Barbed Wire

Strong and Effective to Keep Your Herd Where They Belong

In the mid-1800s, the invention of barbed wire changed the landscape of the western prairies. Early farmers and ranchers were looking for a way to contain their herds and secure their newly acquired boundaries from the open range. Before this, barriers were simply made using local sources like trees or stones. These methods proved to be scarce in the frontiers of the unsettled plains. And natural materials were expensive, unreliable, and required a lot of maintenance. Weather conditions and wildfires caused the materials to fail without warning. And, the sheer amount of labor required to build these fence styles was more effort than most settlers could manage. A simple, economic, long-lasting enclosure was needed. By the 1880s, barbed wire became an efficient, affordable method of enclosing property. It was extremely popular, and to this day remains the most-used type of agricultural fencing across the U.S.

Compatible With

Cattle Bison Swine

Selecting Barbed Wire Fence

Since 1867, hundreds of patents have been awarded for different styles of barb, or bob, wire. Of course, not all styles took hold and became popular with the public. The reasons were numerous. Some were designed to be safer, which took away from its intended effectiveness. Some styles proved too difficult to produce. Start-ups were expensive, so lack of capital prevented inventors from succeeding. And still others just didn’t have the experience to manufacture or market their products. In the end, the successful, enduring styles share common features. Farmers and ranchers need reliable, heavy-duty wire that won’t break under pressure. The steel should be high quality so that the wires maintain uniform tension and consistently react to changing weather conditions, preventing sagging or failure. The use of two wires, reverse twisted, adds strength and keeps the barb spacing intact to avoid slippage and gaps. In addition, the points of the barbs must be strong enough to resist bending and sharp enough to cause discomfort. Low carbon or high tensile wire are both good options for barbed wire, but either type should have a zinc coating to protect the steel from rust and early corrosion. Fortunately, you need not look further. Red Brand has barbed wire options that satisfy every requirement for a quality, long-lasting fence. When properly installed, you can expect your Red Brand fence to last 20-25 years. In fact, we’ve had customers tell us that their Red Brand Barbed Wire has lasted over 70 years!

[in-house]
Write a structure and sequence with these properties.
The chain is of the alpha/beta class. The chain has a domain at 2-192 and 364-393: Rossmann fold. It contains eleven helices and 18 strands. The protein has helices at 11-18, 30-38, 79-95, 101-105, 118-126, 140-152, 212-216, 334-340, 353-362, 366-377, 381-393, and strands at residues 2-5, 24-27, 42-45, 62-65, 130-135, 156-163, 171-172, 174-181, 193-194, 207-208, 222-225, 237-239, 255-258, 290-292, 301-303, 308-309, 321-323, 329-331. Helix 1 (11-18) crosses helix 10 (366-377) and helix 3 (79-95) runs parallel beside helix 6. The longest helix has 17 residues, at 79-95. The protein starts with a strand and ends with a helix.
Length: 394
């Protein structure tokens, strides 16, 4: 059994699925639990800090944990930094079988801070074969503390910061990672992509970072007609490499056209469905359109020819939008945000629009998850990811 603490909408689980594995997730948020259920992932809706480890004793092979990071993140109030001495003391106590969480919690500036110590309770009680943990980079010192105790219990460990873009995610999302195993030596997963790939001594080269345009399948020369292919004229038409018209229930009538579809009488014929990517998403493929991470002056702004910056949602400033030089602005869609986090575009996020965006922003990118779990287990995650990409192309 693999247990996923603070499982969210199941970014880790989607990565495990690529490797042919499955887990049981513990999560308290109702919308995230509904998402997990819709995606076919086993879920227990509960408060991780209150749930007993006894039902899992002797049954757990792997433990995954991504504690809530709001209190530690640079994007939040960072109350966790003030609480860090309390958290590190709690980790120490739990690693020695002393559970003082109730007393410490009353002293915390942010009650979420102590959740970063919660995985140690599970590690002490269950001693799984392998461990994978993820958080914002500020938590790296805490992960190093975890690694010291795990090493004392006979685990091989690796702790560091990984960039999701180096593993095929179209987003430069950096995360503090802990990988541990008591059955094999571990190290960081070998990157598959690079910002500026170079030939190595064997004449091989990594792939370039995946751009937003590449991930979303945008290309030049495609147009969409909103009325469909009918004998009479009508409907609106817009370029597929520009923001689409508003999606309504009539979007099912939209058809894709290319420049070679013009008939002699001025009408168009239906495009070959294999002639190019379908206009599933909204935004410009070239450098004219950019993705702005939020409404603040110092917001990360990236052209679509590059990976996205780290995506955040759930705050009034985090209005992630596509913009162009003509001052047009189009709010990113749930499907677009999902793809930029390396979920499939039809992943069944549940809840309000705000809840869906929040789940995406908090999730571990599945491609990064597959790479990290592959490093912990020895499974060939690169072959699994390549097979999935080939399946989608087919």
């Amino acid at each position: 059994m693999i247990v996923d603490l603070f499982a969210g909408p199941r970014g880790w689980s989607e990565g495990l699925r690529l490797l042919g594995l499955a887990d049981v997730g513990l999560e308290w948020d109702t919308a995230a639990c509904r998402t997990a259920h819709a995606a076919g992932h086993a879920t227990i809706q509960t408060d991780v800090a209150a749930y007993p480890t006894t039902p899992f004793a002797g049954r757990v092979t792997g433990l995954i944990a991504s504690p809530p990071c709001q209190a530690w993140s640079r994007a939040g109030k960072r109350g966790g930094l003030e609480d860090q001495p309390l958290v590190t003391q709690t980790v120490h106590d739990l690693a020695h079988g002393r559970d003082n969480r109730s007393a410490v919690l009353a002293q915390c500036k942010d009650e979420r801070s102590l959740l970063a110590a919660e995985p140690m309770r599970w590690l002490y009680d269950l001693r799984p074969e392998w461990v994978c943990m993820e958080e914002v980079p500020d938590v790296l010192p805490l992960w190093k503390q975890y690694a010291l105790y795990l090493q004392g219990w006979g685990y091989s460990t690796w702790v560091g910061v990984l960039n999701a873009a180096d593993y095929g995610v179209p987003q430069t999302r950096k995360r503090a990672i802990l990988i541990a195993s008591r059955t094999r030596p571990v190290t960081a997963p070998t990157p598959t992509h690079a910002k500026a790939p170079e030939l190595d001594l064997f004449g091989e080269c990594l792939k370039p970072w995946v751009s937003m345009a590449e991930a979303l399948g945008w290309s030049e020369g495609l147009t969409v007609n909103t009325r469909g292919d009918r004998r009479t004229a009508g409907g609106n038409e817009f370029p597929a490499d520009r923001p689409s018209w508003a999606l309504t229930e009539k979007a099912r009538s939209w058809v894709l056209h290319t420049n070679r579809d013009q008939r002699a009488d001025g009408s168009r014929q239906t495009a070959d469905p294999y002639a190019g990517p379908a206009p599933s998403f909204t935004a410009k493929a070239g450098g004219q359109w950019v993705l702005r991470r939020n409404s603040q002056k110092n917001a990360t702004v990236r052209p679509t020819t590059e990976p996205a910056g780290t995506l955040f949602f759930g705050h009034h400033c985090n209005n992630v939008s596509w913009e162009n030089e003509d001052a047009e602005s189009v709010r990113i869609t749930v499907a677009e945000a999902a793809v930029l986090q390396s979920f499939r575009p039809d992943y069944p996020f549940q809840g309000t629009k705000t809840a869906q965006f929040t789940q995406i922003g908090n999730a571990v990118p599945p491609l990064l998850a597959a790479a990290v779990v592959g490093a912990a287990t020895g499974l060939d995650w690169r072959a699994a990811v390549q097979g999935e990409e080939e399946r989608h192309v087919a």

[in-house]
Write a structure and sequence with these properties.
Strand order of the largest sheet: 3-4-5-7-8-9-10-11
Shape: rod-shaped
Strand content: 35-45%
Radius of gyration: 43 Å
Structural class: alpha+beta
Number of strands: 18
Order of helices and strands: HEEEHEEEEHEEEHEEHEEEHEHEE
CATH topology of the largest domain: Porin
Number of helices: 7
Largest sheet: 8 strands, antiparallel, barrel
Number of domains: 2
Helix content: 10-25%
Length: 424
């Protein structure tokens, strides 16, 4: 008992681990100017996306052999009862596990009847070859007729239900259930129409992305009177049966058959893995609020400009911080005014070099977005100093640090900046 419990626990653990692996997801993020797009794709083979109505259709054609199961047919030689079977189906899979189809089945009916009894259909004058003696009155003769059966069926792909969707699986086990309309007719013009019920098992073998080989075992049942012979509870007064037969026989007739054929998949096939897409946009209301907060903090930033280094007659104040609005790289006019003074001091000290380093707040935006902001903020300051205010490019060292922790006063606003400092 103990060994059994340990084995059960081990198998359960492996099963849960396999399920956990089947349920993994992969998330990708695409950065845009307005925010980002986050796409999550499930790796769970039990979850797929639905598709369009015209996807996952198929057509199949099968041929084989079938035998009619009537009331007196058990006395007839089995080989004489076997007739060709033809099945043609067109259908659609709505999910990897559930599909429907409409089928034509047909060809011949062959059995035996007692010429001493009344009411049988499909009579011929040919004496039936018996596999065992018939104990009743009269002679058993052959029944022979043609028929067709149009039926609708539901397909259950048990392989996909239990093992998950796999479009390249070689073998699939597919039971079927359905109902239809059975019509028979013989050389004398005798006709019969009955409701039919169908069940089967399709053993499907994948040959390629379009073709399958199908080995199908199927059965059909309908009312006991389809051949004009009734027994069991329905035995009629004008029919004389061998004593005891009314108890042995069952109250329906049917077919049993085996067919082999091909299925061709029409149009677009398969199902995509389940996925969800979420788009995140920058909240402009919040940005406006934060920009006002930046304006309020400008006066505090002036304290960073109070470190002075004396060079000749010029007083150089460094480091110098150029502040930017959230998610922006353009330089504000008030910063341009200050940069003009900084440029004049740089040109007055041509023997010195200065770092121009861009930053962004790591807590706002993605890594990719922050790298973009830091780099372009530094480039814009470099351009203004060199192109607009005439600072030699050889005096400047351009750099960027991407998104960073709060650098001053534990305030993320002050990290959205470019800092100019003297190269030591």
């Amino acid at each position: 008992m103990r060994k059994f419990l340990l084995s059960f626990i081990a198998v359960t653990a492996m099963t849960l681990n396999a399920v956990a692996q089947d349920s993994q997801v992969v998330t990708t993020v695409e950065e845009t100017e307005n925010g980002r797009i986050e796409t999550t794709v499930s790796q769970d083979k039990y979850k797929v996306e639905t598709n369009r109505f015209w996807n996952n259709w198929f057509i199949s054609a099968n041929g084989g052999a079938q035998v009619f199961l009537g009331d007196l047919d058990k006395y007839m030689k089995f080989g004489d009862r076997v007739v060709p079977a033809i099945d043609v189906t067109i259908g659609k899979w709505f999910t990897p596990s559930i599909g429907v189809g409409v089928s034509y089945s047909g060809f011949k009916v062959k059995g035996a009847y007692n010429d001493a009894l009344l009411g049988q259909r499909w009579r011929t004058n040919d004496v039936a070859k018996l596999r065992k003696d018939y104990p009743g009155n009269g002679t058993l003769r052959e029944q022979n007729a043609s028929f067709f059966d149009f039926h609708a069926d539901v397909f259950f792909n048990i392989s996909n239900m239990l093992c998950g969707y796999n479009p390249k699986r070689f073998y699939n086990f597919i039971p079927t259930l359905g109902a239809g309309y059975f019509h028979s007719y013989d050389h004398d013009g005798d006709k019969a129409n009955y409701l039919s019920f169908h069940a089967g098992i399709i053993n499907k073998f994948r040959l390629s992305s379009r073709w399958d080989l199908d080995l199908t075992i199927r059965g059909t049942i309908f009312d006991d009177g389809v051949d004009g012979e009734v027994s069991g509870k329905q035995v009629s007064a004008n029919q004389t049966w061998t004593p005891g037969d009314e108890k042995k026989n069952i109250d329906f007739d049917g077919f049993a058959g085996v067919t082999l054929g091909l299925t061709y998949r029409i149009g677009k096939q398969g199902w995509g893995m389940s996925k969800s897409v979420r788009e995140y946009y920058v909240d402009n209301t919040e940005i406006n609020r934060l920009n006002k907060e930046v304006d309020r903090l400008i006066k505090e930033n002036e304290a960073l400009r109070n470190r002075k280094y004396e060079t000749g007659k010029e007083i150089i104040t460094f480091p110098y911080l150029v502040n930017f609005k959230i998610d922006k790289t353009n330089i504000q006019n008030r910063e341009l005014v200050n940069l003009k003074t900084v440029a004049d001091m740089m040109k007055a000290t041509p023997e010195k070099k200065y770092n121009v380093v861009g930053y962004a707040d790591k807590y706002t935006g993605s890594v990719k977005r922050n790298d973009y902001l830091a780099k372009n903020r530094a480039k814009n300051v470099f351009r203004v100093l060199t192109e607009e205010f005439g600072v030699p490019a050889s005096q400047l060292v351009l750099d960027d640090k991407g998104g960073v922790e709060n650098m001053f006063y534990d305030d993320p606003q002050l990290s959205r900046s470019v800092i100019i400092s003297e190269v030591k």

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Barbed Wire

Your Red Brand Barbed Wire Options

Red Brand Barbed Wire is built to safely contain your animals and protect your property. All Red Brand Barbed Wire comes in a length of 1,320 feet. That’s the equivalent of one-quarter mile, or one side of a square 40-acre parcel. Consider how many lines of wire you prefer to have on your enclosure. You’ll also need to decide if you want to use traditional low carbon wire, or high tensile. Each wire has its own set of benefits. Finally, determine the number of barbs you’ll need on your fence line. To help you select the proper fence for your property, stop by your local ag store and talk to a Red Brand dealer for more information. For helpful advice on installing barbed wire, check out our Installation resources and video, where we share expert advice.

Barbed Wire – Tradition Red Brand - Tradition Galvanization

Barbed Wire – High Tensile Red Brand - High Tensile Galvanization

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